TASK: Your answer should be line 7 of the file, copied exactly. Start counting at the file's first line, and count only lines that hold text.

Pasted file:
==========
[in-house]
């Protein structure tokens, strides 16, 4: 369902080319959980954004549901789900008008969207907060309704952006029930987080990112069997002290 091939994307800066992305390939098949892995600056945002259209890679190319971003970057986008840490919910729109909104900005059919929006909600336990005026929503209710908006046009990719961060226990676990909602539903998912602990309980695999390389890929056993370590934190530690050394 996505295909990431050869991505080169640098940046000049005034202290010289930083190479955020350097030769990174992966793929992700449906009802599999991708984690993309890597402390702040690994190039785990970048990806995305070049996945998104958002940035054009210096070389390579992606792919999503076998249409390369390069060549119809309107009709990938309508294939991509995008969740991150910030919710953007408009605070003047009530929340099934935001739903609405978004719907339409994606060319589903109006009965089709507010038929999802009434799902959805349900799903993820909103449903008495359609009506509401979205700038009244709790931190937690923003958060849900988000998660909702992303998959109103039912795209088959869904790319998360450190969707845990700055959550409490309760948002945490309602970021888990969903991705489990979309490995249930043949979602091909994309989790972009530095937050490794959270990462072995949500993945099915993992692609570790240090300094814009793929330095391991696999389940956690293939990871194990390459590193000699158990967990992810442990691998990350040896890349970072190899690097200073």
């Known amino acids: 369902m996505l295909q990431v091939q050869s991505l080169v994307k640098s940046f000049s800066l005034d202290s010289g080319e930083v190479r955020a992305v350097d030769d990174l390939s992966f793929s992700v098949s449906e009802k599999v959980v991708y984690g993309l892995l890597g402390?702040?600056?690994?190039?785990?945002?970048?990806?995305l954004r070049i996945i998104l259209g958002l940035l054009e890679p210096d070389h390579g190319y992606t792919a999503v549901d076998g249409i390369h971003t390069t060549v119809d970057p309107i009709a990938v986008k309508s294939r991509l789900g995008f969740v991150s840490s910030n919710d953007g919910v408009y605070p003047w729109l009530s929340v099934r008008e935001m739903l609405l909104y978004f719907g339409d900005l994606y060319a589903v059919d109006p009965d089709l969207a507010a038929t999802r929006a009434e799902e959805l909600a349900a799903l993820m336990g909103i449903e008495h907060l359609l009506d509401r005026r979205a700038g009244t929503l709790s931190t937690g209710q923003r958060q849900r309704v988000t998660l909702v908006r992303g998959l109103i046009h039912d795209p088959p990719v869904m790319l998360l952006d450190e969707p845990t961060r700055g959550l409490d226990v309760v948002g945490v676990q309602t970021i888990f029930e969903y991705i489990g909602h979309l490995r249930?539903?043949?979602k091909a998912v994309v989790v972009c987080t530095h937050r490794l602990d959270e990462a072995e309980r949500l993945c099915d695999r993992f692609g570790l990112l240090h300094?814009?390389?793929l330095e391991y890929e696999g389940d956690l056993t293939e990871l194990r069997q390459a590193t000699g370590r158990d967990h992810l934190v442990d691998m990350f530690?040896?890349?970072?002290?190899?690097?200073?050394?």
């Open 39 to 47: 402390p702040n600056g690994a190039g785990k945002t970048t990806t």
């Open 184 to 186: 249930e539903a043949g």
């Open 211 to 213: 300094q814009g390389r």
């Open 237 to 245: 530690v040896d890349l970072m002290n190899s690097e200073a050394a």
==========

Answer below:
């Open 237 to 245: 530690v040896d890349l970072m002290n190899s690097e200073a050394a």